One lesson of trench warfare was that "bombing" (or using hand grenades) was much more important in capturing and clearing enemy trenches than had been imagined before the war. As a result, training manuals like this one by James Ferris, who joined the 63rd Battalion in Edmonton in July 1915, were published as a way to pass on new tactical knowledge.
Did Canadians really enlist in the First World War to help Belgium? The Hamilton Recruiting League obviously thought so, and used Belgium as the subject of one of its recruiting cards.
One of the few drawbacks of returning to Canada after the First World War was the end of the separation allowance and assigned pay that had been remitted to one's next of kin.
The complexities involved in moving large numbers of soldiers in an orderly fashion are outlined in this booklet, which was printed not long before the end of the First World War.
British nurse Sarah Arnold kept a diary while she worked at Royal Berkshire Hospital in Reading during the First World War but instead of writing in it herself, she asked her patients (including some wounded Canadian soldiers) to write of their experiences. After the war, Arnold married John Bridgman of Aberdeen, Saskatchewan, one of the soldiers she had nursed.
This masthead of this First World War magazine told readers everything they needed to know about its editorial position: "Patriotism - Union - Victory ; Written and Edited Without Remuneration ; Devoted Entirely to Propaganda for the War."
Before the First World War was twelve months old, citizens' recruiting groups had swung into action to ensure that there were sufficient numbers of volunteers coming forward to reinforce Canadian units at the front.
The first contingent of the Canadian Expeditionary Force came together at Valcartier, Quebec, in September 1914 - and enterprising entrepreneurs were quick to produce souvenirs to sell to a willing public.
General Orders, promulgated to Canada's Non-Permanent Active Militia by the Minister of Militia in Militia Council, addressed a range of administrative and functional matters. This one covered financial instructions and allowances, the Reserve of Officers, the Fort Garry Horse, and the disbanding of certain CEF battalions.
General Orders, promulgated to Canada's Non-Permanent Active Militia by the Minister of Militia in Militia Council, addressed a range of administrative and functional matters. This one covered military funerals, the Military Police, the Canadian Ordnance Corps, and decorations and medals.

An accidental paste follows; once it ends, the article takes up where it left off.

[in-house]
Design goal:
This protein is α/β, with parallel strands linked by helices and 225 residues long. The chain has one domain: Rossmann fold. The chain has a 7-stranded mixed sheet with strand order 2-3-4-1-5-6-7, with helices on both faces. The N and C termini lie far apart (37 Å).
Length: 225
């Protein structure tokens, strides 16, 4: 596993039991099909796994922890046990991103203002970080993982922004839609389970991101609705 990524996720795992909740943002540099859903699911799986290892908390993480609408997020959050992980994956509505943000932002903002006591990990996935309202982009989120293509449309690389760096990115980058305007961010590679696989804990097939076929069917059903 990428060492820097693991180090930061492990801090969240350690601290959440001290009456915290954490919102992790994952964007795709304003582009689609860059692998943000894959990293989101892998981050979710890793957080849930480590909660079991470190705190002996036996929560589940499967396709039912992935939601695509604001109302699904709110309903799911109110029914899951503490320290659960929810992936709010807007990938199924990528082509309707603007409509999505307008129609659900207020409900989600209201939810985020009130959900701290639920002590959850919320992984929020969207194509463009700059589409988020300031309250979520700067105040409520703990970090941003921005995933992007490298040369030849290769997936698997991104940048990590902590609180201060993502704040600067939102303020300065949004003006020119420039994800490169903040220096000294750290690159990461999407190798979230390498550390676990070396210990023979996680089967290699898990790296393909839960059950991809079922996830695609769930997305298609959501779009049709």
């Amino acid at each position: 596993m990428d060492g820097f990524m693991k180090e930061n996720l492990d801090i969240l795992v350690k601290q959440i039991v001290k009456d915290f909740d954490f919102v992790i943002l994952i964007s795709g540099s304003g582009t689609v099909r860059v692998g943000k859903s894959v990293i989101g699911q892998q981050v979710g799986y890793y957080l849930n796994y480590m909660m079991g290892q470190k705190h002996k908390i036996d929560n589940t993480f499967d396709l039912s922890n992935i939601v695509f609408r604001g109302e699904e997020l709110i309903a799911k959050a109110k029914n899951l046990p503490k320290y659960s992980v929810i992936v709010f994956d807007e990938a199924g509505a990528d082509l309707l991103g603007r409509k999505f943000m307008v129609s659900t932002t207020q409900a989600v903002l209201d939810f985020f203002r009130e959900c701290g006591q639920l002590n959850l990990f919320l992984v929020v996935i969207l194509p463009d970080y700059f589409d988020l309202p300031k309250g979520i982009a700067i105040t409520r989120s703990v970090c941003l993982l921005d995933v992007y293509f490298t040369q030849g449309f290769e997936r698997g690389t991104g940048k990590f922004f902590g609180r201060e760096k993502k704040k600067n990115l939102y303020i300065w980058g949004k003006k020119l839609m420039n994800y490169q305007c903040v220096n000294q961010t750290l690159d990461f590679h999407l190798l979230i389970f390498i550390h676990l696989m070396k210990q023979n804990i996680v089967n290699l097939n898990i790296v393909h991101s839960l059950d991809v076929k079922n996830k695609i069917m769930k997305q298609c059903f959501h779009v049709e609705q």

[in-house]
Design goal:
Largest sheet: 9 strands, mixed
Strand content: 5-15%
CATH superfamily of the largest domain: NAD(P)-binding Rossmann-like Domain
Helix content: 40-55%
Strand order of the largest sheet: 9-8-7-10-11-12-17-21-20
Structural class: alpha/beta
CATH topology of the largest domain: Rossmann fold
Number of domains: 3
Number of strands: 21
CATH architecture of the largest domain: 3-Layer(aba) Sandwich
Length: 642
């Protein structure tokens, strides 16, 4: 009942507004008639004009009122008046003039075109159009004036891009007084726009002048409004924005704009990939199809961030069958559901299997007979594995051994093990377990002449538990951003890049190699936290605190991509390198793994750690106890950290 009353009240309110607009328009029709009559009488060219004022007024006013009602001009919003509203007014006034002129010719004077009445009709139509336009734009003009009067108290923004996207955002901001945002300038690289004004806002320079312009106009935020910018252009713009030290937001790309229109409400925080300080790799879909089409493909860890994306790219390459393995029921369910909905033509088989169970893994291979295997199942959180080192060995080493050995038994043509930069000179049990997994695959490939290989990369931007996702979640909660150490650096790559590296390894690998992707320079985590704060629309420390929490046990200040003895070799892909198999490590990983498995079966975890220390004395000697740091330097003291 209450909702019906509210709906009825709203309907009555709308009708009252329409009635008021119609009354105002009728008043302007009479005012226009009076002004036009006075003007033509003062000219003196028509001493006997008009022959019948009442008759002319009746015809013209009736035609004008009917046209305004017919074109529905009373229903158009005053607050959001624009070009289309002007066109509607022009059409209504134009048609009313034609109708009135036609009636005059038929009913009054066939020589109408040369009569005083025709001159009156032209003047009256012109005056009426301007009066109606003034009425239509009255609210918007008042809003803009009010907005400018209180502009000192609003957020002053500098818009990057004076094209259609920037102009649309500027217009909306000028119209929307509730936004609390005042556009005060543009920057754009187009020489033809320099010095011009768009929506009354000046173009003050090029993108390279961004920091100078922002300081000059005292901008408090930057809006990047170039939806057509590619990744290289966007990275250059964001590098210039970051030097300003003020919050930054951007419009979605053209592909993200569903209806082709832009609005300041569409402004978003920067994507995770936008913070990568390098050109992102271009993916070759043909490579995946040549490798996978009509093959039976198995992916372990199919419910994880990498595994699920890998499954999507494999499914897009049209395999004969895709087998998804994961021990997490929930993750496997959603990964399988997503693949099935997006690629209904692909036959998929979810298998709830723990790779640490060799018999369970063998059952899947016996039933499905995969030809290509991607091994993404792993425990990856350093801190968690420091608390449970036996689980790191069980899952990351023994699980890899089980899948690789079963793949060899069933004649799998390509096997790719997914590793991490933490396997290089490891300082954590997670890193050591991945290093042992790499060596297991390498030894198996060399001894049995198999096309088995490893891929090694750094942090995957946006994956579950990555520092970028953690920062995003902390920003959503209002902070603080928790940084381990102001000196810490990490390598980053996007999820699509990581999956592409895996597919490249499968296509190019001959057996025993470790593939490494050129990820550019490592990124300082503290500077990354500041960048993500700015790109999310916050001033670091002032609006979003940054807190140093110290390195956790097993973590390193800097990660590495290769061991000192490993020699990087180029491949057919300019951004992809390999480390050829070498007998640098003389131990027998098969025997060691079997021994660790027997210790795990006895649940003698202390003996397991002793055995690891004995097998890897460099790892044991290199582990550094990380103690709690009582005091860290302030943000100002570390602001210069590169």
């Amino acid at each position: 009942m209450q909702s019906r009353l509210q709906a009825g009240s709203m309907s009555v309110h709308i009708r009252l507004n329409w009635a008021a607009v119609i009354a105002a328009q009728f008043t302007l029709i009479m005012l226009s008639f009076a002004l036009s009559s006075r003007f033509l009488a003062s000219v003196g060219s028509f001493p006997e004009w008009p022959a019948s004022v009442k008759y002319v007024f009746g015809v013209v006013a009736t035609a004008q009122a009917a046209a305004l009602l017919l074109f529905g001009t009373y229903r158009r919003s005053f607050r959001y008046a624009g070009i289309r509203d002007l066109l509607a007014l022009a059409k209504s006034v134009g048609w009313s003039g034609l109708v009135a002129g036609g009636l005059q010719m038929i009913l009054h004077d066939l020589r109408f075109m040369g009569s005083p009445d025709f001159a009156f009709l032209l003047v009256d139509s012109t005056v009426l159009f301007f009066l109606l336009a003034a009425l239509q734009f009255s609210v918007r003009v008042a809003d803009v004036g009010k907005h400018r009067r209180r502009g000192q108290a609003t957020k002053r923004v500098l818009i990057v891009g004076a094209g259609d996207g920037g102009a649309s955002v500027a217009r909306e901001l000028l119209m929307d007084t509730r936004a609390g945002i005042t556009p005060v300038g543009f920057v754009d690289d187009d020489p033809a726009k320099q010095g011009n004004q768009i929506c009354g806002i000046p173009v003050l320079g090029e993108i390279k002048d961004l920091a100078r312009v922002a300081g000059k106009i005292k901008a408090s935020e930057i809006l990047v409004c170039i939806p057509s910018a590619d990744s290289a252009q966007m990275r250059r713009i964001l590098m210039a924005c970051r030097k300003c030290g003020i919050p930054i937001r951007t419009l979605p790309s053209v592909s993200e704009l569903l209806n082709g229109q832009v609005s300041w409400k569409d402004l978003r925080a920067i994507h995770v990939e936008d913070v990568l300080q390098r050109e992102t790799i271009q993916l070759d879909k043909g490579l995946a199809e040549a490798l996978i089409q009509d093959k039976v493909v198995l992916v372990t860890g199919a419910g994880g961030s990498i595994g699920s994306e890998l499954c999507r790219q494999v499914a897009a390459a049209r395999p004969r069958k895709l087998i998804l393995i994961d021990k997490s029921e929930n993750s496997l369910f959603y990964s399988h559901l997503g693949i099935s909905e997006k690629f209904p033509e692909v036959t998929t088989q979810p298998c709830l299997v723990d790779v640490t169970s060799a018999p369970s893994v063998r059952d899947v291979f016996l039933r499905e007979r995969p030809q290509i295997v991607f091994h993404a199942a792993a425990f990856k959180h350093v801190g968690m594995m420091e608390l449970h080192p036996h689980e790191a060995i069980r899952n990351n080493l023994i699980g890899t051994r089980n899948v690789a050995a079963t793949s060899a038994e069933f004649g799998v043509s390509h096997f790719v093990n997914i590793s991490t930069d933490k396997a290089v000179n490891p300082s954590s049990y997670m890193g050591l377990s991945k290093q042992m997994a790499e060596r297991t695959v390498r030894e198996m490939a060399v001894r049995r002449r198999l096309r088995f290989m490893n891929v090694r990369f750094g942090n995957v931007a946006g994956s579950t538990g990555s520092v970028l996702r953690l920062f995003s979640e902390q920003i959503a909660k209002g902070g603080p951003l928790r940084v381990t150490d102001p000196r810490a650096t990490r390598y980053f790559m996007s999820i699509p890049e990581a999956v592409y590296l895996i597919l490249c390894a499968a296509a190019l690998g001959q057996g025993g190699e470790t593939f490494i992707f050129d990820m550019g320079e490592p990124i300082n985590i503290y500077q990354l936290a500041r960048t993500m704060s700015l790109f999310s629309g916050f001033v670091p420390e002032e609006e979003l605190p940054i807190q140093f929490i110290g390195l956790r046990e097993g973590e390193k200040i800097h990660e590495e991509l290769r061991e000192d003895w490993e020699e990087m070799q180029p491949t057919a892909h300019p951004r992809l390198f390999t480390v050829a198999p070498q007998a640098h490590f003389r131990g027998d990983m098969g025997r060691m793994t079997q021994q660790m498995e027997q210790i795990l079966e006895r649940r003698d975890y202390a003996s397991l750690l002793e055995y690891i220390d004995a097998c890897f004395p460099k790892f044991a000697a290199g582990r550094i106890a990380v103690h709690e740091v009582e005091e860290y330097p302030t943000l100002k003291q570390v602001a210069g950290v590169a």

General Orders, promulgated to Canada's Non-Permanent Active Militia by the Minister of Militia in Militia Council, addressed a range of administrative and functional matters. This one covered minor changes to regulations regarding pay, rations, depot battalions, medical services, and other organizational issues.
Journalist Fernand Rinfret, later a member of parliament and mayor of Montreal, took part in a press junket to Britain and France in 1918, and wrote about his impressions of the war zones in an Ottawa newspaper, "Le Canada."
His opponents twice prevented newspaper editor Henri Bourassa from giving this speech, in which he argued that the duty of Canadians was to stay clear of involvement in the First World War, so he elected to publish it as a booklet instead.
This pamphlet collected some of Prime Minister Borden's statements on conscription, the Union Government, and what Canada must do to win the war.
Foster, the Minister of Trade and Commerce, addressed two critical questions in this talk: did Britain do everything possible to keep out of the war?; and, can Germany win the war?
A year after the 1917 election, Newton Rowell, president of the Privy Council in the Union Government, surveyed its achievements, including the institution of conscription, and applauded the Liberals (like himself) who went over to the Union side.
In this wide-ranging speech, Sifton, the chairman of Canada's Commission of Conservation, placed the First World War in the context of the long struggle for freedom that went back to Demosthenes, the Everlasting League, Magna Carta, and England's Glorious Revolution.
In this booklet published during the 1917 election campaign, Boyd called for Canadian voters to reject the Union Government and "shatter the trenches of deception, special privilege, political autocracy and narrow-minded fanaticism."
In this speech, the former Ottawa Member of Parliament and member of the Senate gave a brief outline of the Allied war effort over the first two years of the war.
After Minister of Militia and Defence Sam Hughes was ousted from the government of Sir Robert Borden in 1916, the federal Liberal Party published a series of letters that attempted to discredit the government's conduct in the episode.